La Croix: What Russians mean by democracy?
Lev Gudkov: Europe and Russia do not understand each other when talking about democracy. In Russia, it primarily means freedom of movement, work and travel, freedom of economic markets. In addition, it implies the possibility of a weak criticism of the authorities. But all this is very far from what Europeans mean by the word “democracy”.
In Russia, I would say, rather, not about authoritarianism but about different forms of totalitarianism. The regime of Vladimir Putin from many points of view is an attempt to simulate past totalitarian regimes, particularly Soviet. They have a lot in common: the only major party controlled the state apparatus, the strong pressure of the police system, strict control over the media, the dominance of the state in the economy… But the Communist ideology of the USSR replaced the dreams of nationalist grandeur.
In fact, the Soviet Union, Russia has not yet fully collapsed. Since 1990, we are witnessing a long process of slow destruction of the Soviet regime. The Communist dictatorship was replaced by predictorsi avatar, under Yeltsin and then under Putin. A strong when the Soviet Union institutions remained in effect today: power structures, army, court, educational system. In addition, as in the Soviet Union, various agencies fighting each other for power.
— Why did the Russians accept this authoritarianism even today?
— The Russians in their vast majority don’t oppose it, because the repressive system of the Soviet Union continues to press on the minds. This, of course, the atmosphere of terror under Stalin, but the threat of fear and the paralysis of civil society. “Homo Sovieticus” are accustomed to live under a repressive government, and it will be a long one.
This mentality characteristic of youth, even one that was born after the collapse of the Soviet Union. In the 1990-ies the country was a wind of democracy and liberal reforms, but the economic crisis has done so much harm that discredited in the eyes of Russians the very idea of democracy and reform. This opens the way for a return to an authoritarian regime, with the support of Russians, including young people.
At the local level the Russians are willing to mobilize (against the headmistress of the school, demolition of houses, the abolition of social assistance…), but it is not perceived as a political move: it is about the form of self-defense, because there is a specific threat in your personal life. At the national level where less people are for democracy because we are no longer talking about his personal life, and people do not feel threatened.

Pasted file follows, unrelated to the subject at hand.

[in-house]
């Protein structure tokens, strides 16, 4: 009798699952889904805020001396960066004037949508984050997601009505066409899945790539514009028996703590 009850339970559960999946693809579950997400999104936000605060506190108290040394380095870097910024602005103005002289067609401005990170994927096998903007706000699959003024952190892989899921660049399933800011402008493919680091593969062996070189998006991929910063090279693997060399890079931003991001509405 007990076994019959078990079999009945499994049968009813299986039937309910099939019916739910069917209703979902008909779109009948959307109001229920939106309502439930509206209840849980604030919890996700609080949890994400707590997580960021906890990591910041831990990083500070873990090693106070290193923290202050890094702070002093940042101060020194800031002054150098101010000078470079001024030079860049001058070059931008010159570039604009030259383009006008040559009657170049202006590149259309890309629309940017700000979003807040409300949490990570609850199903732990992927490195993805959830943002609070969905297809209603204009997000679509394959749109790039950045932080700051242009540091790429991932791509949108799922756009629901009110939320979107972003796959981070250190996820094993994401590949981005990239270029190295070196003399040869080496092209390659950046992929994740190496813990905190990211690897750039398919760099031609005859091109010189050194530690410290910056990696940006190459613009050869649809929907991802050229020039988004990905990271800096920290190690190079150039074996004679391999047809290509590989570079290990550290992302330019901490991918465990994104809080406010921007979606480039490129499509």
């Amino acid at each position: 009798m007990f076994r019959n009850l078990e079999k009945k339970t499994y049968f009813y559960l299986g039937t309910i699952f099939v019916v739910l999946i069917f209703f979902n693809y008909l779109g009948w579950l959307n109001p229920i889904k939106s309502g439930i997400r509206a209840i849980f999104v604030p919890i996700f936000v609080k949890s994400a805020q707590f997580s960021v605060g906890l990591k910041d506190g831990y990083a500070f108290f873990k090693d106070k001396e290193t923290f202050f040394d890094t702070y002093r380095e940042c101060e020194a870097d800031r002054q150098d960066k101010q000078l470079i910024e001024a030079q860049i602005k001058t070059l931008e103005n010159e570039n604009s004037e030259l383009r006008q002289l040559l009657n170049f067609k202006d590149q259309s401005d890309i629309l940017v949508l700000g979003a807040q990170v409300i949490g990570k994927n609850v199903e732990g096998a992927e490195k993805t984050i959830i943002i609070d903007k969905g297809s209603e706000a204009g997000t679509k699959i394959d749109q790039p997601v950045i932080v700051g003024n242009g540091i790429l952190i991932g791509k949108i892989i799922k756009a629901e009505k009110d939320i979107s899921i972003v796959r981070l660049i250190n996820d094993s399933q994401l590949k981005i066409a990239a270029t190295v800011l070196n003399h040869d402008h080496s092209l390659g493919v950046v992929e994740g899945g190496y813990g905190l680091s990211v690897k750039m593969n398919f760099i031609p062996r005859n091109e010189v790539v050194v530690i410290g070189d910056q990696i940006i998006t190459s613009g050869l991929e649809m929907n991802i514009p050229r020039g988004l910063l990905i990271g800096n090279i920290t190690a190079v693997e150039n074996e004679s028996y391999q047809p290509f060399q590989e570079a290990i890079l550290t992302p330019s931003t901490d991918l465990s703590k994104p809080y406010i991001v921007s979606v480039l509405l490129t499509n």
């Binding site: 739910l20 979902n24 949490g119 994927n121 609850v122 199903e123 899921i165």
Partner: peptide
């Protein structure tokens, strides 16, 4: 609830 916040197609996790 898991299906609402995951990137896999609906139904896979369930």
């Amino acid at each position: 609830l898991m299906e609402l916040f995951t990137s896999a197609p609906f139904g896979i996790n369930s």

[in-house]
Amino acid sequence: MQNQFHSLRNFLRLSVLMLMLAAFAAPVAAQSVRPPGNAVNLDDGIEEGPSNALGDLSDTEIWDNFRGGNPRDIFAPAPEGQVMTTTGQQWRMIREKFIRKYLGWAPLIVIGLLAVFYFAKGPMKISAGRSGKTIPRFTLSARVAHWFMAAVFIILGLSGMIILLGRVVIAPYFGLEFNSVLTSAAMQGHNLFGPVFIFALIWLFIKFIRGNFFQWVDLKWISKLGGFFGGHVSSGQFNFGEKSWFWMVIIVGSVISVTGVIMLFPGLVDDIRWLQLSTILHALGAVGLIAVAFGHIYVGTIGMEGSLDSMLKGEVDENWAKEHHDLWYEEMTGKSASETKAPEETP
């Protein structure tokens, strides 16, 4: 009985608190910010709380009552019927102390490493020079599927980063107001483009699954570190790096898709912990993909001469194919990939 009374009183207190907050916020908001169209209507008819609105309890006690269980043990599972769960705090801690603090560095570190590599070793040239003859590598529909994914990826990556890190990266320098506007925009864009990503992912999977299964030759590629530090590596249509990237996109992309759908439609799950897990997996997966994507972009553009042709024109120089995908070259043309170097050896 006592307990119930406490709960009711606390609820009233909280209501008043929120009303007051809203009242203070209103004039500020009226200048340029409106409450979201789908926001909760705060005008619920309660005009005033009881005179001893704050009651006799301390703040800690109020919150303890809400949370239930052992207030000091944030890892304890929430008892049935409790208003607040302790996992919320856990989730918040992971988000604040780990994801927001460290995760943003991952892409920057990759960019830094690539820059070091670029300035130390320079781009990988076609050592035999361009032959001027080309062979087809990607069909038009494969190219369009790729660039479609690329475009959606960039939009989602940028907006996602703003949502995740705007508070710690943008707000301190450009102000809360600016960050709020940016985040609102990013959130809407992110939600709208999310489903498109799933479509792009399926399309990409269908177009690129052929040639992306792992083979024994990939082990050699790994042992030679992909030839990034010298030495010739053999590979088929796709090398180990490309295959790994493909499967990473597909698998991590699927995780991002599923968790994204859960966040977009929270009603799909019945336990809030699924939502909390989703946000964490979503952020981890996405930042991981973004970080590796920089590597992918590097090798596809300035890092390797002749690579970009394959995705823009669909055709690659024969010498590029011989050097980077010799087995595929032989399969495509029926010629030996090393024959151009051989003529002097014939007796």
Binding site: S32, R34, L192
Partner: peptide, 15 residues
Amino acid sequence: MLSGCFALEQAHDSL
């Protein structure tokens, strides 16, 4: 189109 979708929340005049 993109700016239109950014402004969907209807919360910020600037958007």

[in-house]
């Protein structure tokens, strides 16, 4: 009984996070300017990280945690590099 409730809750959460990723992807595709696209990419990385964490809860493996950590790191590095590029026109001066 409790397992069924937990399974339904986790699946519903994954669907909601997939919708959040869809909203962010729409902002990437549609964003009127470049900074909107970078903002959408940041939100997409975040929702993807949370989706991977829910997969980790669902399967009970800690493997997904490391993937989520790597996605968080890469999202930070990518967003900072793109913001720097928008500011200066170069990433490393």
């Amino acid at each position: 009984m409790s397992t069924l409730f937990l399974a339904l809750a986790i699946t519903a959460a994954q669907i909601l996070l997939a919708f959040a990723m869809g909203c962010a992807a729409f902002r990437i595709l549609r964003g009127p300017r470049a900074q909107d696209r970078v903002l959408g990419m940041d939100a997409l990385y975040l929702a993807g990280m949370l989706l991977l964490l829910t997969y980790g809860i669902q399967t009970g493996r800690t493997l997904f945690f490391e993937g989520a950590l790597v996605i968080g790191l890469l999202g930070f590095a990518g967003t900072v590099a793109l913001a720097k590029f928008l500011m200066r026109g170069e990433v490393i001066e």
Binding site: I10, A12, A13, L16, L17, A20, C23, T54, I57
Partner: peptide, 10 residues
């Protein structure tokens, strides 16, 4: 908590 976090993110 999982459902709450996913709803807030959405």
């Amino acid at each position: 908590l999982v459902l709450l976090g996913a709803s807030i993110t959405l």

— Can this political mentality ever change?
— Let’s look at everything from afar. The Soviet Union collapsed 27 years ago. What has been achieved French democracy for a quarter of a century after the revolution of 1789? The problem is that in Russia all the institutions of government support inertia. Vladimir Putin well knows how to use it, mixing in his speeches and references to Soviet and tsarist heritage and modern elements. In the end, inertia is retained, the size of the country and its climate.
In big cities the Russians are willing to live in a democracy in the European manner. But it’s still a minority. Two thirds of the population live in villages and small towns, where the legacy of the Soviet Union stronger, and the fear of change more. There memories of the Soviet Union idealised, and there is a real craving for a paternalistic regime.
— What is more important, the regime guaranteed stability or the protection of a strong leader?
— A strong President is not so important in the eyes of Russians. The most important thing for them is economic and social stability. Especially if it is accompanied by a return of pride in themselves and for the country. It is not necessary so to believe in their so-called love for Vladimir Putin, although it is really possible to note some elements of the cult of personality.
Russians ‘ attitude to him is full of contradictions. They like his success in the international arena: the return of Moscow on the diplomatic fronts, the game is on equal terms with Washington’s growing influence in international relations… At the same time, his success in the country is much more modest, as can be seen in two years of crisis and recession. Very fast income growth in ten years based on huge oil revenues have not always been key to the modernisation of our economic structure.